Abstract: An interview with Tankha Oterstein was recorded in 2013 during author’s fieldwork of collecting personal narratives on Holocaust history in the North Caucasus. The interview consists of two parts. The first one is the story of the family Oterstein survival during the occupation of Rostov and Krasnodar regions. The family lived in the city of Rostov-on-Don. During the second occupation of the city they were not lucky to evacuate, so the head of the family, the narrator’s father, decided to leave Rostov on his own. After several months of wandering, they stayed in the village of Novoleushkovskaya, where the family survived the occupation. The narrator describes the period from October, 1942 till February, 1943 when they have been held in a local prison together with other Jews and prisoners of war. The second part of the interview is a story of the narrator’s activity for reviving the Jewish community in Taganrog and researching Holocaust history in the region. The interview becomes a valuable testimony to preserve the memory of occupation and the Holocaust in Southern Russia.
Abstract: The interview with Irina Abramovna Belikova was recorded by the authors in May 2010 in the Novokumskiy village. It is a part of the long-term comprehensive work of Rostov ethnolinguists in the Nekrasov Cossack communities. The topic of the published conversation was the daily life of the Nekrasovites in Turkey and Russia after their return (1930–1960s). Irina Abramovna tells in detail about the life of adults and children, the structure of courtyards, the Nekrasovite’s costume, and typical occupations. She describes in detail agricultural work in Turkey (participation in it of Nekrasovites of different generations, cultivated crops, the process of harvesting grain and legumes), emphasizes the hard work of the Cossacks. I.A. Belikova talks about the entertainment of young people, the contexts of communication with the Turks (trade relations, she tells in detail about studying at a Turkish school and relationships with teachers), about leaving Turkey, returning to their homeland and relationships with local residents after repatriation. The published material is a valuable source for studying the dialect and everyday life of this ethno-confessional group of the Russian people.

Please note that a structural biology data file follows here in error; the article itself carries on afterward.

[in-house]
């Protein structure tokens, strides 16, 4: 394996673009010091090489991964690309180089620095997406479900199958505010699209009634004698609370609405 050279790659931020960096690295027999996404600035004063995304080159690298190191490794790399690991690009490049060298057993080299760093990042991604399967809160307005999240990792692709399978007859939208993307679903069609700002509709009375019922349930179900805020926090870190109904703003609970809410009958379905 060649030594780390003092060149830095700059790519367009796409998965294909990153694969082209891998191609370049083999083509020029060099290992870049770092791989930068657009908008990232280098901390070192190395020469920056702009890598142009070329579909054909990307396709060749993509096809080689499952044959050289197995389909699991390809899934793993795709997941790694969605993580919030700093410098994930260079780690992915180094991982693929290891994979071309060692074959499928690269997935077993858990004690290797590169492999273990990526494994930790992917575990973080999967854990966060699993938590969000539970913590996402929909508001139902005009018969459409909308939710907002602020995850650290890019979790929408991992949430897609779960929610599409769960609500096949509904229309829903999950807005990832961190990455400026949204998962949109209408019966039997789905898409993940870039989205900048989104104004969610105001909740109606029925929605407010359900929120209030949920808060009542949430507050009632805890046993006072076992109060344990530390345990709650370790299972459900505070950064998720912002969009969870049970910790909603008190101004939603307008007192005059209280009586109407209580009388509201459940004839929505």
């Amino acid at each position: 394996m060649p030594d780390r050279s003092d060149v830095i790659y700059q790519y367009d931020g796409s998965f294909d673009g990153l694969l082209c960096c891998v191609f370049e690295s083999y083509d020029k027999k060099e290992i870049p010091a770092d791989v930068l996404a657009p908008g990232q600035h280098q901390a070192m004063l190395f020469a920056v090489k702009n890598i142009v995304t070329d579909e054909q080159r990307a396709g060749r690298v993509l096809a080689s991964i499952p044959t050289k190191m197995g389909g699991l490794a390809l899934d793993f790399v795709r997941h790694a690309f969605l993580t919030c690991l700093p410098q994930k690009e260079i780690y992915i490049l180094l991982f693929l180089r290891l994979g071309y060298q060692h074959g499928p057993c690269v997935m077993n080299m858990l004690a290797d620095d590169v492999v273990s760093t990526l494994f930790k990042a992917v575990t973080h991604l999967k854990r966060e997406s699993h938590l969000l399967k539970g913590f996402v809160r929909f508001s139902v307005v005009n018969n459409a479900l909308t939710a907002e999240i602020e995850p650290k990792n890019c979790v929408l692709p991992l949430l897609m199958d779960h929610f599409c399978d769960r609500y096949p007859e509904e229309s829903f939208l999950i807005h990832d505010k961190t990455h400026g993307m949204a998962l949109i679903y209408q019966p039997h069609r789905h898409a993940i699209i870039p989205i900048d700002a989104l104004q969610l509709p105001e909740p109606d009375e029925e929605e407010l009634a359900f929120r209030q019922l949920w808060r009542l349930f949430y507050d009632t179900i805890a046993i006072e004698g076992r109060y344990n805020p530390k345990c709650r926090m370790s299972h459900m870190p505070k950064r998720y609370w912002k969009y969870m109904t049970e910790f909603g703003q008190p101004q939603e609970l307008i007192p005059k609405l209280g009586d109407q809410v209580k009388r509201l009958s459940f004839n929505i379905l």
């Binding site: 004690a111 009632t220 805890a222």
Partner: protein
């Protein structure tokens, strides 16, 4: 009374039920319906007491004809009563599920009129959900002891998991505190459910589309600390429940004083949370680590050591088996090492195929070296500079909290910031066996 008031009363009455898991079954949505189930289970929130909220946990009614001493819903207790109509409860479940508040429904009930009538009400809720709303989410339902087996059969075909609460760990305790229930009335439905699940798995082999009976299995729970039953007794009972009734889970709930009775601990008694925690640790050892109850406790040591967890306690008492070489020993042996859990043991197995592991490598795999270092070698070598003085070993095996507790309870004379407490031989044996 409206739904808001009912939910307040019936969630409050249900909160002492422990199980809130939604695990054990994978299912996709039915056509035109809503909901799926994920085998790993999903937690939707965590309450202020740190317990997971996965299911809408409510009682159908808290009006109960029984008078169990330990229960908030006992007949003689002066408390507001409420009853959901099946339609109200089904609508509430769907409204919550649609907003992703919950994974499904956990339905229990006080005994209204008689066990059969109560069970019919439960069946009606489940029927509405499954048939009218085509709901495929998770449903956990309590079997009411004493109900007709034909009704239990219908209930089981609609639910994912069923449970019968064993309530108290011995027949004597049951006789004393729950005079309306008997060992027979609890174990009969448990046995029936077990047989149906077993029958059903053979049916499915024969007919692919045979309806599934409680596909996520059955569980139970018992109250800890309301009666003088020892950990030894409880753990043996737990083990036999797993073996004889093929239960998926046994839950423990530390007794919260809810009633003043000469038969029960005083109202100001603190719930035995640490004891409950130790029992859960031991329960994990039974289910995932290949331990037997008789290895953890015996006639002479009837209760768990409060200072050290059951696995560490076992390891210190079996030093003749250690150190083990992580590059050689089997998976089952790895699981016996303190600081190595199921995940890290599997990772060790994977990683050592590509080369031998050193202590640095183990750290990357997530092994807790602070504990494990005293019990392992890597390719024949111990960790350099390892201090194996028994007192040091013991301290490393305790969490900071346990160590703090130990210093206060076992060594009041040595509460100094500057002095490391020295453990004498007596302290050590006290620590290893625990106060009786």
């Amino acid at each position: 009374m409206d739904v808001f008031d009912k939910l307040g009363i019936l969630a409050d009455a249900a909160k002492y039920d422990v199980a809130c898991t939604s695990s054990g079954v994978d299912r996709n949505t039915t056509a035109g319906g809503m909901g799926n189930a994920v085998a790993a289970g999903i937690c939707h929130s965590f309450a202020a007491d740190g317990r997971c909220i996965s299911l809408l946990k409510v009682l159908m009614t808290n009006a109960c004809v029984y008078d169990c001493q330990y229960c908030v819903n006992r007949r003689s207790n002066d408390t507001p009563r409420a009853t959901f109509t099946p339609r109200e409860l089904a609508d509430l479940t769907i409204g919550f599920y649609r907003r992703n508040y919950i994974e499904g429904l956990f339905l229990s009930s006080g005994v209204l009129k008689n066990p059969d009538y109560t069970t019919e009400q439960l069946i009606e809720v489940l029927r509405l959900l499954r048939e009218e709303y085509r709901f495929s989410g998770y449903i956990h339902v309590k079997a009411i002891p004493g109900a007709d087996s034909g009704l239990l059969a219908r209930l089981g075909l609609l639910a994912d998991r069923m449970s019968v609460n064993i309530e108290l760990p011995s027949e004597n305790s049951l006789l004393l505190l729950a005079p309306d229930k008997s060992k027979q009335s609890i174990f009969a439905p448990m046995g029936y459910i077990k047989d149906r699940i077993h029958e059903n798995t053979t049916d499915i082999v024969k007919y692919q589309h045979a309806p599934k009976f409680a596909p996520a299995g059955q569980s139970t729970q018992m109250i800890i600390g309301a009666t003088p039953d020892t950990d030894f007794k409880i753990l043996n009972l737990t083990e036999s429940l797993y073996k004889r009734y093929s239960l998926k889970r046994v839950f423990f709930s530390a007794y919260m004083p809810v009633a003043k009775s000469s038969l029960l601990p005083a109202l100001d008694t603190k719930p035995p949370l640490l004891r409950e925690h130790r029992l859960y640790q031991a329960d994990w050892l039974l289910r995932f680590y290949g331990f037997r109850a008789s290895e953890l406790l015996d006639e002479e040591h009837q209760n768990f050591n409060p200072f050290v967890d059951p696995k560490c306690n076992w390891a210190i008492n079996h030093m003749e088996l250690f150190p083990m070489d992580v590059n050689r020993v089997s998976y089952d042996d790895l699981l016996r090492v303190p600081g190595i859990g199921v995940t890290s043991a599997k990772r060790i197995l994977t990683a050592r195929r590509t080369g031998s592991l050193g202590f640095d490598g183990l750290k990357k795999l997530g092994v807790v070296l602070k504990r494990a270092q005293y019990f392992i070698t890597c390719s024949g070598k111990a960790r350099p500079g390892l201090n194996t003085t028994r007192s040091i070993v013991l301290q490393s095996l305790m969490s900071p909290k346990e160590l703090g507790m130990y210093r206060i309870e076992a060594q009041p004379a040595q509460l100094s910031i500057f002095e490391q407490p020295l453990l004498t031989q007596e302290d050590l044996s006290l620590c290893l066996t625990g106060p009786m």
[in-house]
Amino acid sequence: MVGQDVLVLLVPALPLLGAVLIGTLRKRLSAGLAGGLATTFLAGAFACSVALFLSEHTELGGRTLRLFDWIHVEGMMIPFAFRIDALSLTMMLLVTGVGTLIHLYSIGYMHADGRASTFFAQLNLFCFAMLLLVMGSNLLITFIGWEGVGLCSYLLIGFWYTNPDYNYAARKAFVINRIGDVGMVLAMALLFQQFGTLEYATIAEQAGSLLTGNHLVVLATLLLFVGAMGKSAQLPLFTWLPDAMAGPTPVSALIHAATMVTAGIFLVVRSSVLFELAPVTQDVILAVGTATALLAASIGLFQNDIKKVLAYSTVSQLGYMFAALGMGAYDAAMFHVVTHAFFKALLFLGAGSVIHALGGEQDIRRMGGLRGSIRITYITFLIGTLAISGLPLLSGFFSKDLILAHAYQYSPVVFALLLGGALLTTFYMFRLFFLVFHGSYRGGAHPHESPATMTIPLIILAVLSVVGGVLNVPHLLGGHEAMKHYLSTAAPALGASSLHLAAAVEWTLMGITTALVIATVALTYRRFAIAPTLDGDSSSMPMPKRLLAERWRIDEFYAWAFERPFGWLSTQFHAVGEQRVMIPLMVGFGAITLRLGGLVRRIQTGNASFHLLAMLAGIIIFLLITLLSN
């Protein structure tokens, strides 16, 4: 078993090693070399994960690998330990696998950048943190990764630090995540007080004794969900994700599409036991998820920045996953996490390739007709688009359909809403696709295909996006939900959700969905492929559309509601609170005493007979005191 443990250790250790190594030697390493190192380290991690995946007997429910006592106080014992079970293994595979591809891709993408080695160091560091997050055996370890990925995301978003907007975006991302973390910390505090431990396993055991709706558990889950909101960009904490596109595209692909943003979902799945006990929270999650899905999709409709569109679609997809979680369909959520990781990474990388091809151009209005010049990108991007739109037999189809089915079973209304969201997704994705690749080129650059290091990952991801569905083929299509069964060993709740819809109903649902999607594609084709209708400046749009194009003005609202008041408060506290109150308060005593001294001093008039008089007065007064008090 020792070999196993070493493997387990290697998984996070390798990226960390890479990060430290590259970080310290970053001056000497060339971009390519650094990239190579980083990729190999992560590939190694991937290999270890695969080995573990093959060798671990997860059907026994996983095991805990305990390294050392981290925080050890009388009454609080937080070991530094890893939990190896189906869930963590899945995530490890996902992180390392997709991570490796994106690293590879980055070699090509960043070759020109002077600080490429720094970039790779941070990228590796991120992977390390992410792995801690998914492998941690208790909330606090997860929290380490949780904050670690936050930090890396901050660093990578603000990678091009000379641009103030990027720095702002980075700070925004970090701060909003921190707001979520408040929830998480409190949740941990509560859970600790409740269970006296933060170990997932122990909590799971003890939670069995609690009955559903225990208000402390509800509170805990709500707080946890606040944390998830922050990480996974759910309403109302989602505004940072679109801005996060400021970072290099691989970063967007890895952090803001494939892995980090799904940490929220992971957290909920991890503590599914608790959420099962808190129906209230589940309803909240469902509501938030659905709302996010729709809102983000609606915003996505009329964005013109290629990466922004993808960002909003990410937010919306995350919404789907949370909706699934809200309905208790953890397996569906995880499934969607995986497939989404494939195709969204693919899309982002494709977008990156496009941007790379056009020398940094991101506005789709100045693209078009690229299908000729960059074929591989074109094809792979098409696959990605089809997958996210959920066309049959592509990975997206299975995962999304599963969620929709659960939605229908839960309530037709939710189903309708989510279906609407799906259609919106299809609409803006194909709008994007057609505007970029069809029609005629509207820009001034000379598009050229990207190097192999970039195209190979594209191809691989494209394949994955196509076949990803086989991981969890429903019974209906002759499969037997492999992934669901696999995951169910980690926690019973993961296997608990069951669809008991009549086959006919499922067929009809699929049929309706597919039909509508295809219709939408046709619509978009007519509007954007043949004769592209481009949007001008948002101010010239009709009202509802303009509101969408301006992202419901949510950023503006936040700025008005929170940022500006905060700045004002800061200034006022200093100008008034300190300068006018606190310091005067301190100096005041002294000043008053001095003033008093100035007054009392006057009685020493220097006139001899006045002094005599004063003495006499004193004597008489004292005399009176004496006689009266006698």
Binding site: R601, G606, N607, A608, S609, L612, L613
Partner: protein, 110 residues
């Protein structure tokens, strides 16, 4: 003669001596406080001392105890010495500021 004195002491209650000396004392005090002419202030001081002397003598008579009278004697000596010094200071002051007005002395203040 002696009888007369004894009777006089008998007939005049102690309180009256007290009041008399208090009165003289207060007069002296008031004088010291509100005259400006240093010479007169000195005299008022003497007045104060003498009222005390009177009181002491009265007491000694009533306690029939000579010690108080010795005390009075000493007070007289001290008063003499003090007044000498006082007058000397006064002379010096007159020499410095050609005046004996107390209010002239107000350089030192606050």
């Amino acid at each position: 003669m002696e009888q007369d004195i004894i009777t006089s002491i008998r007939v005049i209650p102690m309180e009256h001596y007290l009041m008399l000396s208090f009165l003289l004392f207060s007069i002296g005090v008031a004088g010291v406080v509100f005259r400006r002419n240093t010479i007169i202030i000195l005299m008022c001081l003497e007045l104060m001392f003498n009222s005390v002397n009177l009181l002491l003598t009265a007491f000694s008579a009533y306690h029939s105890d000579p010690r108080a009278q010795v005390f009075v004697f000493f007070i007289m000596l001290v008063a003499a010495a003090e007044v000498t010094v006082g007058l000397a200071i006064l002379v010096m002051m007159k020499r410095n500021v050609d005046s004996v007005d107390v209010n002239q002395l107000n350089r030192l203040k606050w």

Abstract: The article is devoted to one of the episodes of the creating the Volga-Don Canal – the relocation of the people due to the flood in 1948-1950. It took an enormous amount of water to construct that canal between the Volga and the Don. The solution of the problem was to build the Tsimlyansk Reservoir. As a consequence, the territories of the Lower and Middle Don were flooded. In this publication the interviews with those who had to move on new places are presented. The author made surveys in Kalininskaya village of the Tsimlyansky district, Rostov region. The village was founded in 1949 due to relocation of the inhabitants of Chelbin, Kolatovsky and Zatsimlovsky, appeared in the flood area of the Tsimlyansk Reservoir. Despite the fact the responders were children during those events, they have told us in details about the process of the relocation. The stories of witnesses allow studying the strategies of the habitants’ adaptation to new locations.